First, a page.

The recent recession that has hit the world has caused havoc in the lives of many Banks and Corporate companies operating all around the Globe, the U.S. being the major player providing employment to a big chunk of the population within its own boundaries and in India. Comparatively, India’s economy has taken on the brunt end of this global recession as opposed to the U.S.
Even though India is on a path to exponential growth, the impact that the recession had on the Tech and Consulting giants has caused massive layoffs within such firms. On the ground level, this trend of massive layoffs is distressing if nothing else. Since the employees who have been shown the door have been hard-working with mouths to feed in their homes, this ‘trend’ of cost-cutting by reducing the workforce becomes a very menacing trend.
Losing their livelihood is no doubt painful for an individual, the fact that there are no salary cuts in the CEO’s Multi-Million dollar income and their decisions based solely on the numbers give the impression that the workforce is nothing more than some digits in the eyes of the top level management is however even more alarming and hurtful.
But the need to have better labor laws in India is not just limited to the sentiments of the troubled employee. A person who has been sacked by a company often starts by searching for another job, which in the recession-hit market scenario is very hard to achieve. There are different alternatives that they start searching for. The reduction in the cash spending capability of an individual spells trouble for the economy.
Of course, there are labor laws that are established within the country which on paper spells being inclusive and following due process. But the point is that these are not enough in the present scenario when India is trying to become the favorite destination for global businesses. It becomes an easy task for the well-paid lawyers and HRs of the big organizations to circumvent these laws and refer the NDAs signed by the employees at the time of joining an organization if the termination is questioned.
These NDAs generally constitute the clause that the Company reserves the right to terminate the employment of the individual with/without any reason. Moreover, the reasons provided by the organizations for the termination are sometimes as bad as a schoolboy alleging he ‘forgot’ his notebook which had his homework.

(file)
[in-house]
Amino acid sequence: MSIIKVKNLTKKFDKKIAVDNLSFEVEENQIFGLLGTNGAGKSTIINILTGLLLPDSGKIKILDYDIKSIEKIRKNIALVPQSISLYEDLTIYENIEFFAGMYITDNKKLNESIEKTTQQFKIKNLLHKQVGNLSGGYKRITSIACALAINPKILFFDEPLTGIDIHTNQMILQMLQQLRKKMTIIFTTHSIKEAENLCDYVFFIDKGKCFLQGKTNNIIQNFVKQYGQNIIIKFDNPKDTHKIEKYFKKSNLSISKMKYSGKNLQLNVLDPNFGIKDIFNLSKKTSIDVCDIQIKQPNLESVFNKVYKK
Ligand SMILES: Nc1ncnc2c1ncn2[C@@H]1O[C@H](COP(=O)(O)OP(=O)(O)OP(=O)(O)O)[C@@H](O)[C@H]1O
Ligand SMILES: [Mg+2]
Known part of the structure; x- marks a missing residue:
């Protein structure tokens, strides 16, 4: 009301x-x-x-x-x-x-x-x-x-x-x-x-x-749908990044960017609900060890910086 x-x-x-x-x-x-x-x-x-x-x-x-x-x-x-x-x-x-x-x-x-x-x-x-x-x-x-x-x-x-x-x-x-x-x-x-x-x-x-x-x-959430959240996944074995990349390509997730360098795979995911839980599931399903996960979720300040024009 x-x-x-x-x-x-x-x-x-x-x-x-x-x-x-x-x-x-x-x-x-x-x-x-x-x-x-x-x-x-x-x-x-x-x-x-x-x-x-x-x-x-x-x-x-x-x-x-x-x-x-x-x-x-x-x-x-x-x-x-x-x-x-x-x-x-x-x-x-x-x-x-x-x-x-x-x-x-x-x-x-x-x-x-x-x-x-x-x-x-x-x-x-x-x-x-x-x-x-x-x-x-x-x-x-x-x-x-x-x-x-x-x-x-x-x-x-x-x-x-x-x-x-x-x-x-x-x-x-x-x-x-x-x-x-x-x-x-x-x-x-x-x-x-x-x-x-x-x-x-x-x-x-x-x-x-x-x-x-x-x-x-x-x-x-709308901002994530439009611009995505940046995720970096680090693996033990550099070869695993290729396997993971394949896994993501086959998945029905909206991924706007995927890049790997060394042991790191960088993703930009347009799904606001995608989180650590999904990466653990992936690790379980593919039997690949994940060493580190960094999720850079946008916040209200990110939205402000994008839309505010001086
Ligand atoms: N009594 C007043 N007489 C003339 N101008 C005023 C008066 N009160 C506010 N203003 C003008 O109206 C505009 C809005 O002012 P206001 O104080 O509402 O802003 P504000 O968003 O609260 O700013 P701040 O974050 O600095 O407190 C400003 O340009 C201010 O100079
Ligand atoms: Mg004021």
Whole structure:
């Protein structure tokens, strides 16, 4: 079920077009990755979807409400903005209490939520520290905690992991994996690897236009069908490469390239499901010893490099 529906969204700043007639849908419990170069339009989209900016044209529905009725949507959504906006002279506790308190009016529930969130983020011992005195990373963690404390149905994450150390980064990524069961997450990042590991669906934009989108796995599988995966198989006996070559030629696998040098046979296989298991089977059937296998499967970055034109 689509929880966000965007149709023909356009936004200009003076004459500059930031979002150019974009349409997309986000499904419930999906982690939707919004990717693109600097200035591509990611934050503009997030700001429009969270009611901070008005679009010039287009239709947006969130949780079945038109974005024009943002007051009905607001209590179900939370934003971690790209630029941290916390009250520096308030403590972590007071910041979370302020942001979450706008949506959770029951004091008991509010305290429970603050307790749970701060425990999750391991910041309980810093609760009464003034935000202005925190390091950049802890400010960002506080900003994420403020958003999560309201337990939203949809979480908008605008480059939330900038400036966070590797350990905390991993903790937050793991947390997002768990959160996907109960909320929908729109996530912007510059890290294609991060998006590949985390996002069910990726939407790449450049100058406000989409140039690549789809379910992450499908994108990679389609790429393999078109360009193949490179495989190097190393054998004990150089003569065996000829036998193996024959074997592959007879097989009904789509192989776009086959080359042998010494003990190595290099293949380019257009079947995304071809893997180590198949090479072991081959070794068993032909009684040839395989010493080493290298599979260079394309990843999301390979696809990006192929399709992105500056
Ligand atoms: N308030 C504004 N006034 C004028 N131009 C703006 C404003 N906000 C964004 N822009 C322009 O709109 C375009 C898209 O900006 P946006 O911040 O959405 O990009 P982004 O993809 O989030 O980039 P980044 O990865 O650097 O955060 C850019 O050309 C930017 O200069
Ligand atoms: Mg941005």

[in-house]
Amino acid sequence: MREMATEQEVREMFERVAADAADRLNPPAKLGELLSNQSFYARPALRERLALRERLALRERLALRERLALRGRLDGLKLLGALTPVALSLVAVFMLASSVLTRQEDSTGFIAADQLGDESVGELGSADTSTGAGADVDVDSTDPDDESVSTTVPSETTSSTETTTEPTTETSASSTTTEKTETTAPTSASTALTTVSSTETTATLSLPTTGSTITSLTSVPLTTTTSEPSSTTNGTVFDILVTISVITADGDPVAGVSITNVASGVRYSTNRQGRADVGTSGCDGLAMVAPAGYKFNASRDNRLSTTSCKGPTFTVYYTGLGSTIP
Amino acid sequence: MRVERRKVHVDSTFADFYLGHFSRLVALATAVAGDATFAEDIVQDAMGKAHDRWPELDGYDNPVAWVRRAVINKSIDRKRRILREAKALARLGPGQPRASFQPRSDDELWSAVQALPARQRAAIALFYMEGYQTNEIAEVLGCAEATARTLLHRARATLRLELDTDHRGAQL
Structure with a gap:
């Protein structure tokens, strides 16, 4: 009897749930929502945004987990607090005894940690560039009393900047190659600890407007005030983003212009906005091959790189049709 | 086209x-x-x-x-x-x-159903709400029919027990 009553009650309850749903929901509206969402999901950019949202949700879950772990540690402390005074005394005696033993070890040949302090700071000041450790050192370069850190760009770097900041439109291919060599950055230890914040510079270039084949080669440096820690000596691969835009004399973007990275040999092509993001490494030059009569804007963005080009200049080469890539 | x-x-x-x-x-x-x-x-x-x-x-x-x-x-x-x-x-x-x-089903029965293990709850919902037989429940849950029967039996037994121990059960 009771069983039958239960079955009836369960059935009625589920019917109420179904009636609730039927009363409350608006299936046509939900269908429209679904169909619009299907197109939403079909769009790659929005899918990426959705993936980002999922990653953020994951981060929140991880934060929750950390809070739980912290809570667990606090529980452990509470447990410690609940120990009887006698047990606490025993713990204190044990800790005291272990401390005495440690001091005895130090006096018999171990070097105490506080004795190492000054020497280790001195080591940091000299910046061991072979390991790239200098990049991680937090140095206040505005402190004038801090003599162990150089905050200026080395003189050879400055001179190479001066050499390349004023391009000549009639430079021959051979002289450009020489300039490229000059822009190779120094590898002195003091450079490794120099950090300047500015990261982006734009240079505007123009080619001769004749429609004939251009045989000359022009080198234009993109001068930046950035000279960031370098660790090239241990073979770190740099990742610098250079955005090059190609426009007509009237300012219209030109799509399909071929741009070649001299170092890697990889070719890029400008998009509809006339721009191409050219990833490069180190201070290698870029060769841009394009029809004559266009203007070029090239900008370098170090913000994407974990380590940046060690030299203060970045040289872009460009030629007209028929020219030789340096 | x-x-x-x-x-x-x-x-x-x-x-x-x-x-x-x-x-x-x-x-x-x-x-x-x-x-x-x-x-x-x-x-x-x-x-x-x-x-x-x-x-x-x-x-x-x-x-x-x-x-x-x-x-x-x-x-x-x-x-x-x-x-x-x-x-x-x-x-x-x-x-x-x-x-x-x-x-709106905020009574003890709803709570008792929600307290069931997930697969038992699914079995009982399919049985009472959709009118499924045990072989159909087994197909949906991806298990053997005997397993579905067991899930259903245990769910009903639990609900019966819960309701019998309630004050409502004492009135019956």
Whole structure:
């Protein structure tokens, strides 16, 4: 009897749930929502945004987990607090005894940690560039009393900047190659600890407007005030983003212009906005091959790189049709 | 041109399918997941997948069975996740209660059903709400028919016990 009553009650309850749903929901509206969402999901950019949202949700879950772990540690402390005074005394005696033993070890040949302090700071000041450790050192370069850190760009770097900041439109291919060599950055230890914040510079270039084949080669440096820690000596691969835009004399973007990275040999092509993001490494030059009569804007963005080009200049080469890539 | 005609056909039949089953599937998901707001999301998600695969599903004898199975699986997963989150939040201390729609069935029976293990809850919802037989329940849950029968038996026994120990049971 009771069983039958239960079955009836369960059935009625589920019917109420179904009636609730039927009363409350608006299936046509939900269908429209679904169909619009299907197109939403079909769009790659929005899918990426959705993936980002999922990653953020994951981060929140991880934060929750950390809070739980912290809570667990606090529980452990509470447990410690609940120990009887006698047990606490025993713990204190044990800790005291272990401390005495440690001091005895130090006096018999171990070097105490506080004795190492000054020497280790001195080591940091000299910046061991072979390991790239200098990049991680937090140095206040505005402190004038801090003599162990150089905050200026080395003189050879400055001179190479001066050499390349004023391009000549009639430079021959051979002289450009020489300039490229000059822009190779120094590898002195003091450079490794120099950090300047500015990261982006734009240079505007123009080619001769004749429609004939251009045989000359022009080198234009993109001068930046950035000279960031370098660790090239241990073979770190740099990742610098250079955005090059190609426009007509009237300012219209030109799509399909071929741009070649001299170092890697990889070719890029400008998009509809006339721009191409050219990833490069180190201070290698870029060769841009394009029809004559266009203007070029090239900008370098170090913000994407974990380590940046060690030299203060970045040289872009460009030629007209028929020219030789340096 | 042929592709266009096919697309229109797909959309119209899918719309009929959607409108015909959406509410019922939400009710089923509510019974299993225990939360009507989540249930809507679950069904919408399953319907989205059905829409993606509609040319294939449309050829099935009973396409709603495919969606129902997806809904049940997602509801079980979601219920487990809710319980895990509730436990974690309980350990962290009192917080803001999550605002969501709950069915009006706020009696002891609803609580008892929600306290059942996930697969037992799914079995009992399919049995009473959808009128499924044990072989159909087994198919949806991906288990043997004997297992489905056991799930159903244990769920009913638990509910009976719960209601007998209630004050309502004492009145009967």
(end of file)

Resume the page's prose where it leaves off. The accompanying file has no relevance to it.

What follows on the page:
And the most important point of all – In light of the recent massive layoffs in the United States and India alike where the companies cited reasons such as “recession”, “market downturn”, etc., while the top management kept paying themselves a huge amount of salary, proves the labor laws of India effete and ineffective.
Hence, the labor laws which allow these companies to make these decisions are in dire need of reforms. And this is where the problem starts.
The hiring and firing which is happening within such organizations are being reinforced by the U.S. corporate culture and weak labor laws within the country. The reason for this is in order to attract more foreign investment and, to invite the big conglomerates and companies to operate within India the government needs to project the perception of being ‘corporate friendly’ which means the companies need to feel safeguarded against any union and labor interventions.
This can only happen if India jumps up in the World Bank’s Ease of doing business rankings. Hence the companies can be attracted to start their operations within the country if the government projects the existence of an extensive labor force being a few inches away based on the decision they make. The one other country which has become a behemoth using this play is China, which made use of the cheap and readily available workforce which can be used to save costs for the company.
But given the communist regime in China and being a major adversary of the U.S. with having expansionist dreams to the surrounding areas with its CPEC initiative, China has lately become an eyesore for the States.
Another reason is a lack of better options available to the masses. The government jobs are limited in numbers and have a fierce competition where lacs and lacs of people are gunning for a single job. On top of that, there are caste politics in play in the form of caste reservations. The pay is not very good and the career progression is rather sluggish, irrespective of how well or how bad you might be performing.
Due to these factors, jobs in the private sector have been very attractive to the youngsters. The pay is well above that of a government job and can exponentially increase with respect to the performance of the employee in a very short amount of time. The MNCs pay a handsome salary to an individual. There is a lack of native options available to the masses since the value of $ (in which these MNCs do business) is much higher compared to the Indian Rupee, which means that two people doing the same job – one in an MNC and the other in an Indian Firm will have drastic differences in their pay.
The MNCs operating in the B2B model often bill their customers for Thousands of Dollars, while their employees who are doing the work are paid a minuscule fraction of it. That is the difference between the earning of an MNC and a native firm.
All the while people are discussing about EU where the big companies have not been able to do mass layoffs due to their strong labor laws. It matters not where a good thing comes from, India should adopt whatever makes it better. Still, the question remains whether India will be able to circumvent the above challenges.
Recently, a big IT firm within India that employs lacs of personnel has sacked approximately 3500 employees because citing the reason of implementing AI, which makes it prudent that India should do some modifications in its labor laws because believe it or not, the day when India will have to make a decision about it is soon approaching.